Mike

  6. “Nope, it’s about stupid and smart.”

    1. I hate to break this to you, but you’re not nearly as smart as you think you are.

    2. You still haven’t explained why it’s wrong for the strong to abuse the weak.

    Mike

  7. “Axel: No, this time I intend to give a big “fuck you” to all the readers who buy our comics, just because.”

    I recall when that Spider-crossover “The Other” came out, I and others complained about how the story said that Peter Parker was dying from something but didn’t explain or define what that something was. We were told by no less than Peter David to get over it because the specific reason why Peter was dying didn’t matter. I would submit that why a character is dying and what they’re dying of is fairly important to the dramatic integrity of the story. How many times have you ever read or heard or seen another book, play, movie or TV show where someone was terminally ill and the nature of the illness wasn’t even referenced? And what would it take to explain why Peter was dying? A few panels and a half dozen lines of dialog? Yet that was apparently too much to expect from the fine folks creating “The Other”.

    So, while I seriously doubt anyone at Marvel ever asks out loud “How can we fuck the fans today?”, I look at the slew of disappointing and outright disasterous comic events they’ve churned out in the past several years and I am fairly confident they’re not entirely focused on giving their audience the best stories they possible can.

    Mike

  8. Another example of why details matter:

    In a Newsarama interview — http://www.newsarama.com/comics/facing-fear-fear-itself-7-111025.html — Fraction talks about Thor’s successor, Tanarus. The name was derived from Taranis, who, Fraction said, he found while researching Norse myths. But Taranis is the Celtic god of thunder, Google informed me. Etymologically, Thor and Taranis are both derived from a word meaning “thunder.” Perhaps Fraction took the references to etymology to mean that Taranis was related to Thor?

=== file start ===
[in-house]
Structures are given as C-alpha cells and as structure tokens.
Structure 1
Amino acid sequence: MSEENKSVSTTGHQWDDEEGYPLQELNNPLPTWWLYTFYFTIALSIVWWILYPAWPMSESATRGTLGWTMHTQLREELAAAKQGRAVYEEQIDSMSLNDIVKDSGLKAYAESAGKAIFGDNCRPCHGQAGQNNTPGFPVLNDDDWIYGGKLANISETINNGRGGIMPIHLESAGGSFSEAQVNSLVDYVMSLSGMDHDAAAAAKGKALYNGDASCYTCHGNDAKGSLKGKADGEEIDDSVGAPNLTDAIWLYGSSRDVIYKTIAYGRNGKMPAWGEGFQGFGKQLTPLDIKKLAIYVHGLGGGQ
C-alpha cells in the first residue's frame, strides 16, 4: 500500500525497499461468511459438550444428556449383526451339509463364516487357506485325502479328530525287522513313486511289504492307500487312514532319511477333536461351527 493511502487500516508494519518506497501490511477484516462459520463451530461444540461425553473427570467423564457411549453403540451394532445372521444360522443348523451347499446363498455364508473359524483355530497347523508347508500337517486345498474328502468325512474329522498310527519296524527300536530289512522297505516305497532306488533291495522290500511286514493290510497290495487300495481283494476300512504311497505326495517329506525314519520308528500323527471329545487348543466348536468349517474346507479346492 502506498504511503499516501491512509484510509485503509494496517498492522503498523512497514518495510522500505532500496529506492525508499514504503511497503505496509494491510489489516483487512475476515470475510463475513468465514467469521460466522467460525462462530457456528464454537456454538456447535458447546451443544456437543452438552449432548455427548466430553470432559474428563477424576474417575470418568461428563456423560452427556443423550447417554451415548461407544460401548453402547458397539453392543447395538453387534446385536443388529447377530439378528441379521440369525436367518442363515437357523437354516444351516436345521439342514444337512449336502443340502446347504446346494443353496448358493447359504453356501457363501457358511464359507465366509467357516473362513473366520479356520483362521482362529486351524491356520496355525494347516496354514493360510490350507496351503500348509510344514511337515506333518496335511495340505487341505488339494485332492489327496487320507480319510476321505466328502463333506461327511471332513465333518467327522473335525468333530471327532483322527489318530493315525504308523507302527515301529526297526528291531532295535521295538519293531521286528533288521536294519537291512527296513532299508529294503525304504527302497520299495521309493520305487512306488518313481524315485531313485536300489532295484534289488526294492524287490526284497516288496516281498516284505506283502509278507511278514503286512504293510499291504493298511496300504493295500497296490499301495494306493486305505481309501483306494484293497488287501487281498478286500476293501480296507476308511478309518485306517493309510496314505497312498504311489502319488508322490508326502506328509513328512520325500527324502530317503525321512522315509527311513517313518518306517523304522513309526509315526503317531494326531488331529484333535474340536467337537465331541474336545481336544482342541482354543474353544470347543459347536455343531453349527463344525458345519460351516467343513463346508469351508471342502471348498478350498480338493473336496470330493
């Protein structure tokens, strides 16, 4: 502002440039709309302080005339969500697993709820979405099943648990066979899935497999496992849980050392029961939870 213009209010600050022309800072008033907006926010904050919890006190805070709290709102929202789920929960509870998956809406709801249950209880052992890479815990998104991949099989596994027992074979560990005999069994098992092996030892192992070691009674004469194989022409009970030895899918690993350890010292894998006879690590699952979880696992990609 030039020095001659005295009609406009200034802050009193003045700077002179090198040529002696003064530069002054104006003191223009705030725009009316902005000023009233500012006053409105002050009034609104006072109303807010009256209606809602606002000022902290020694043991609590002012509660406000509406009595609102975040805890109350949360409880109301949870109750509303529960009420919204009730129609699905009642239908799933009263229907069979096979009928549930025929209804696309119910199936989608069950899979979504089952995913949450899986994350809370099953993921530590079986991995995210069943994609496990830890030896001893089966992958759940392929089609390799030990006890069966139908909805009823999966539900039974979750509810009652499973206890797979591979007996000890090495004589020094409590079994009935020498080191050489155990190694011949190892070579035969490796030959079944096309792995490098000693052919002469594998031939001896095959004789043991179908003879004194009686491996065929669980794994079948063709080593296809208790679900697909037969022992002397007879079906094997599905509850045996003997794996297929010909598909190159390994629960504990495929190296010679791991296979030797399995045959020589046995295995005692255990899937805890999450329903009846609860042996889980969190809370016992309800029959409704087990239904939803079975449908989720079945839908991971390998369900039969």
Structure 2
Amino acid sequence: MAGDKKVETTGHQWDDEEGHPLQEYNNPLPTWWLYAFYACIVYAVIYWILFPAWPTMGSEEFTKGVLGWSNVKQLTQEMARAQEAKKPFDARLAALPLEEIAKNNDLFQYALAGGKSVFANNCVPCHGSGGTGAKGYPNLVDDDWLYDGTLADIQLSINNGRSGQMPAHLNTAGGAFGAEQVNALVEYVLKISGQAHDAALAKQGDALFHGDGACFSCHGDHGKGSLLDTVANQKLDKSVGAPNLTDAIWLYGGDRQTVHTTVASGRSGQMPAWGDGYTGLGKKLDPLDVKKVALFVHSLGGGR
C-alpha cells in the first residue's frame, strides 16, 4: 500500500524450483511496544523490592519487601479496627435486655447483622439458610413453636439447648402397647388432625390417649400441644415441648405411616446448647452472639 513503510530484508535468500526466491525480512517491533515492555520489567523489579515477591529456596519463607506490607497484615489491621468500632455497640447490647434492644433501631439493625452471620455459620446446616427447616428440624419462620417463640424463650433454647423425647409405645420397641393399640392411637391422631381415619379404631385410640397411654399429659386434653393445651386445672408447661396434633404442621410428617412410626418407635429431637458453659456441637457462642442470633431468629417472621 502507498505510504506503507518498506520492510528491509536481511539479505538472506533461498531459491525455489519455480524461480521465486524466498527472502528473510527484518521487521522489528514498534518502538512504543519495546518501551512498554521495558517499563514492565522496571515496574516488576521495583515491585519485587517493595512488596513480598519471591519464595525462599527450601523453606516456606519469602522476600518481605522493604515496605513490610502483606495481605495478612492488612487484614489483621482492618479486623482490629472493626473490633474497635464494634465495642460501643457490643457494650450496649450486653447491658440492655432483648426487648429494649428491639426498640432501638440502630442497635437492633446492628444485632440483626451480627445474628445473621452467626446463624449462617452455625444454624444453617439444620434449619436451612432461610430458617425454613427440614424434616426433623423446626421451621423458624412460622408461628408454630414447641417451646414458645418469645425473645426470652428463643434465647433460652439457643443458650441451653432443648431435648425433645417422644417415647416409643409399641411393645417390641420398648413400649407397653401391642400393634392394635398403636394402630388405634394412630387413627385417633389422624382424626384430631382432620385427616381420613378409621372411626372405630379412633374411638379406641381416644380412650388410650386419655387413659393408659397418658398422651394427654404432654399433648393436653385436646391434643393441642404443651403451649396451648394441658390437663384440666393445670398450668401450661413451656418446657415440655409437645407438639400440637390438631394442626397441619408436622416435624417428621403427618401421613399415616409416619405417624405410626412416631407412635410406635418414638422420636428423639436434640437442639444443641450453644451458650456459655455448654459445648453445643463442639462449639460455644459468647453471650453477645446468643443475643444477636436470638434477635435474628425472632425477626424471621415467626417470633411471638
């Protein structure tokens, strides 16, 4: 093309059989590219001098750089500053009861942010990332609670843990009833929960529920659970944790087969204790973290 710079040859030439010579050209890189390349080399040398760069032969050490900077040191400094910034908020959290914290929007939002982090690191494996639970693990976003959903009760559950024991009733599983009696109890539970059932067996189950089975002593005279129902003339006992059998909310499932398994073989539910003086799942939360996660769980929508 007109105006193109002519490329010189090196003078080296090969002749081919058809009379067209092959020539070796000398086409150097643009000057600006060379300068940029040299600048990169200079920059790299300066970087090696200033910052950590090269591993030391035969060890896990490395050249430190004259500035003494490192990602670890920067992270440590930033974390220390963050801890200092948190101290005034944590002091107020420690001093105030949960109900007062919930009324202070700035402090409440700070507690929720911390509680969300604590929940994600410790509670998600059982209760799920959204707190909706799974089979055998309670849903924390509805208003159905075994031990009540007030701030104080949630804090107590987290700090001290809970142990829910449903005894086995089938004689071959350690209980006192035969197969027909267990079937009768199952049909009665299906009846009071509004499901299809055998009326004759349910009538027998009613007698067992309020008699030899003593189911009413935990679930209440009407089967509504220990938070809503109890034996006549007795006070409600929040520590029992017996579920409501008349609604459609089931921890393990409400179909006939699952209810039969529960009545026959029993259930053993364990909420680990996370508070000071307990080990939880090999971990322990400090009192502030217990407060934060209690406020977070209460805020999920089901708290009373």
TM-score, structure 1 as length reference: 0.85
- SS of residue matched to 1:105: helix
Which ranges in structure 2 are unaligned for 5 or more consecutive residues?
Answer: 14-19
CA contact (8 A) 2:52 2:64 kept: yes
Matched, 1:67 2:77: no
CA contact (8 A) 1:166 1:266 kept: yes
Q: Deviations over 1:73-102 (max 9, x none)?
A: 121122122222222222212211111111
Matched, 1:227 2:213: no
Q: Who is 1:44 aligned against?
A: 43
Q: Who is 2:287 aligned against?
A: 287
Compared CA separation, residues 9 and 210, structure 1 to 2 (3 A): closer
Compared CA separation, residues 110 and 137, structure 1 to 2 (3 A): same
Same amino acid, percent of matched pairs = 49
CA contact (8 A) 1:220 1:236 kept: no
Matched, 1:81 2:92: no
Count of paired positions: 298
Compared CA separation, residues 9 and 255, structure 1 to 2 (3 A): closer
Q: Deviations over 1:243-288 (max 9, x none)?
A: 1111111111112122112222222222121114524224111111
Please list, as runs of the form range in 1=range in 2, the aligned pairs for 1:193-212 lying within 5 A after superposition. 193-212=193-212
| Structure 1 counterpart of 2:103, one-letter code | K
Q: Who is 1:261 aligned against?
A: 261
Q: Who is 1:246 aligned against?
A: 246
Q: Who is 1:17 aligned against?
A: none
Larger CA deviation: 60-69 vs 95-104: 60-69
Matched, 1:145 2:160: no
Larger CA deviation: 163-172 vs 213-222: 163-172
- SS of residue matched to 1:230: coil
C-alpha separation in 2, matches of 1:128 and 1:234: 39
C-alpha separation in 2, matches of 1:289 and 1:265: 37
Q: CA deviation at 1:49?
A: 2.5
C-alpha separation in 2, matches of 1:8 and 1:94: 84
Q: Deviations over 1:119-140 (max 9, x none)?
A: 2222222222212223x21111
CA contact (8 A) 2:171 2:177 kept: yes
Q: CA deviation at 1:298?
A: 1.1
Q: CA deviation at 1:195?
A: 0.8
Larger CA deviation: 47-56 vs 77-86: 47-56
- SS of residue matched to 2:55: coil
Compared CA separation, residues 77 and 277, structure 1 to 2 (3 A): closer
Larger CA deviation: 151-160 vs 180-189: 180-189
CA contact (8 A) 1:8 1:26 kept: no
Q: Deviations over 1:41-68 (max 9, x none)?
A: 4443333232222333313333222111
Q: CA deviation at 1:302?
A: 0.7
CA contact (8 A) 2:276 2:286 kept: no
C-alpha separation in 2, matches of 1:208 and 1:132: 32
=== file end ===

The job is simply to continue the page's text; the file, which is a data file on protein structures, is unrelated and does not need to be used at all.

Anyway, creatively, Tanarus is dead before he’s even been shown alive.

    SRS

  9. “1. I hate to break this to you, but you’re not nearly as smart as you think you are.”

    I’ll take that as a compliment, since I never made that claim.

    “2. You still haven’t explained why it’s wrong for the strong to abuse the weak.”

    And I’ll ignore that, since I never made a claim for or against that.

    “I look at the slew of disappointing and outright disasterous comic events they’ve churned out in the past several years and I am fairly confident they’re not entirely focused on giving their audience the best stories they possible can.”

    Which suggests you would have gone into Fear Itself expecting that it would turn out to be crap, which is a reasonable attitude, rather than the shock and horror that Marvel would dare release a crap ending to a crap series.

  10. I’m starting to think that the worst part of books like this being so bad are all the fawning, softball interviews at places like Newsarama. “Matt, some people seem to dislike Fear Itself for no discernible reason. Does that make you sad?” “Hey, if they’re talking about it, you’ve done your job.” The straw men that are raised up and torched never have anything to do with any of the actual criticisms leveled at the books. The interviews on Fear Itself haven’t reached Identity Crisis levels of avoidance-to-maintain-access, but they’ve been pretty embarrassing.